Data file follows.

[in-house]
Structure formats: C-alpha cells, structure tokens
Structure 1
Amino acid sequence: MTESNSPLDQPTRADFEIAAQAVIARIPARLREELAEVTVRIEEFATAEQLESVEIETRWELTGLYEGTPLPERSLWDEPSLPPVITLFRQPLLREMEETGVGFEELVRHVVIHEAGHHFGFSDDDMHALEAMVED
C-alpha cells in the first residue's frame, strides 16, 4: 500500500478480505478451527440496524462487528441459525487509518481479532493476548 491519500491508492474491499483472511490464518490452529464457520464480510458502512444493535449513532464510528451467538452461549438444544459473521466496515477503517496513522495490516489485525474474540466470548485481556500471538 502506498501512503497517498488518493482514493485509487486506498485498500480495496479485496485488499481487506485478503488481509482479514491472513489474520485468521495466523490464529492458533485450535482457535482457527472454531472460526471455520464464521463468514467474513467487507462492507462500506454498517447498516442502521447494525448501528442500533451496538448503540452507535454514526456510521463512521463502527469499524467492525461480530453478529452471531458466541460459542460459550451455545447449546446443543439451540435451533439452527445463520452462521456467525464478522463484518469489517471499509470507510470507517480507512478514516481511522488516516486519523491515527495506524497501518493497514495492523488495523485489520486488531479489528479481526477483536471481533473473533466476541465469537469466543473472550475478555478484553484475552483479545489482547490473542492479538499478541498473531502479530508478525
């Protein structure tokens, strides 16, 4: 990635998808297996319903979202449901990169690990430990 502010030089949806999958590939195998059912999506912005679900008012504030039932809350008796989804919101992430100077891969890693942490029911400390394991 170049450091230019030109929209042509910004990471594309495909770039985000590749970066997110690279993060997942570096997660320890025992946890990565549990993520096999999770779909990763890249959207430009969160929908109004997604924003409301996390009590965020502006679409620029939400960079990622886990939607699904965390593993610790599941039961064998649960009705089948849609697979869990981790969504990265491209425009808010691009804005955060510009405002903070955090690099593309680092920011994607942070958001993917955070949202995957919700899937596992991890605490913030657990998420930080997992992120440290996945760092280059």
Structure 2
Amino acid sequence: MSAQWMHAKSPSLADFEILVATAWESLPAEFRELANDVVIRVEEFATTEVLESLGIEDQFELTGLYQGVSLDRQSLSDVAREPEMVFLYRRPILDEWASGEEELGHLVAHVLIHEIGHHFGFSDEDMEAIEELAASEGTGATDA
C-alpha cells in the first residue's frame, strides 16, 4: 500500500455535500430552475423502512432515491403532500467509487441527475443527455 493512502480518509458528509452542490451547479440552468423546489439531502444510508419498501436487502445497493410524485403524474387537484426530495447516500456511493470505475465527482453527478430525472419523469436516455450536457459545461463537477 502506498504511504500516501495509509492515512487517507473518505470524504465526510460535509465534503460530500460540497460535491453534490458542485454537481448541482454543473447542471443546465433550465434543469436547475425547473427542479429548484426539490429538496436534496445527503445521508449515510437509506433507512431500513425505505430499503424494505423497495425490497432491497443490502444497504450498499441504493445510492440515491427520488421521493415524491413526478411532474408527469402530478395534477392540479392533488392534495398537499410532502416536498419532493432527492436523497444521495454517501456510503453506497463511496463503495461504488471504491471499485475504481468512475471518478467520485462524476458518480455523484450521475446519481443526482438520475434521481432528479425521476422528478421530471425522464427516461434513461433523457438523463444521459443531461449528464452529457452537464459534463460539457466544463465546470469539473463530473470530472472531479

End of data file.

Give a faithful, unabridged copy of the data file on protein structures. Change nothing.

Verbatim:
[in-house]
Structure formats: C-alpha cells, structure tokens
Structure 1
Amino acid sequence: MTESNSPLDQPTRADFEIAAQAVIARIPARLREELAEVTVRIEEFATAEQLESVEIETRWELTGLYEGTPLPERSLWDEPSLPPVITLFRQPLLREMEETGVGFEELVRHVVIHEAGHHFGFSDDDMHALEAMVED
C-alpha cells in the first residue's frame, strides 16, 4: 500500500478480505478451527440496524462487528441459525487509518481479532493476548 491519500491508492474491499483472511490464518490452529464457520464480510458502512444493535449513532464510528451467538452461549438444544459473521466496515477503517496513522495490516489485525474474540466470548485481556500471538 502506498501512503497517498488518493482514493485509487486506498485498500480495496479485496485488499481487506485478503488481509482479514491472513489474520485468521495466523490464529492458533485450535482457535482457527472454531472460526471455520464464521463468514467474513467487507462492507462500506454498517447498516442502521447494525448501528442500533451496538448503540452507535454514526456510521463512521463502527469499524467492525461480530453478529452471531458466541460459542460459550451455545447449546446443543439451540435451533439452527445463520452462521456467525464478522463484518469489517471499509470507510470507517480507512478514516481511522488516516486519523491515527495506524497501518493497514495492523488495523485489520486488531479489528479481526477483536471481533473473533466476541465469537469466543473472550475478555478484553484475552483479545489482547490473542492479538499478541498473531502479530508478525
């Protein structure tokens, strides 16, 4: 990635998808297996319903979202449901990169690990430990 502010030089949806999958590939195998059912999506912005679900008012504030039932809350008796989804919101992430100077891969890693942490029911400390394991 170049450091230019030109929209042509910004990471594309495909770039985000590749970066997110690279993060997942570096997660320890025992946890990565549990993520096999999770779909990763890249959207430009969160929908109004997604924003409301996390009590965020502006679409620029939400960079990622886990939607699904965390593993610790599941039961064998649960009705089948849609697979869990981790969504990265491209425009808010691009804005955060510009405002903070955090690099593309680092920011994607942070958001993917955070949202995957919700899937596992991890605490913030657990998420930080997992992120440290996945760092280059």
Structure 2
Amino acid sequence: MSAQWMHAKSPSLADFEILVATAWESLPAEFRELANDVVIRVEEFATTEVLESLGIEDQFELTGLYQGVSLDRQSLSDVAREPEMVFLYRRPILDEWASGEEELGHLVAHVLIHEIGHHFGFSDEDMEAIEELAASEGTGATDA
C-alpha cells in the first residue's frame, strides 16, 4: 500500500455535500430552475423502512432515491403532500467509487441527475443527455 493512502480518509458528509452542490451547479440552468423546489439531502444510508419498501436487502445497493410524485403524474387537484426530495447516500456511493470505475465527482453527478430525472419523469436516455450536457459545461463537477 502506498504511504500516501495509509492515512487517507473518505470524504465526510460535509465534503460530500460540497460535491453534490458542485454537481448541482454543473447542471443546465433550465434543469436547475425547473427542479429548484426539490429538496436534496445527503445521508449515510437509506433507512431500513425505505430499503424494505423497495425490497432491497443490502444497504450498499441504493445510492440515491427520488421521493415524491413526478411532474408527469402530478395534477392540479392533488392534495398537499410532502416536498419532493432527492436523497444521495454517501456510503453506497463511496463503495461504488471504491471499485475504481468512475471518478467520485462524476458518480455523484450521475446519481443526482438520475434521481432528479425521476422528478421530471425522464427516461434513461433523457438523463444521459443531461449528464452529457452537464459534463460539457466544463465546470469539473463530473470530472472531479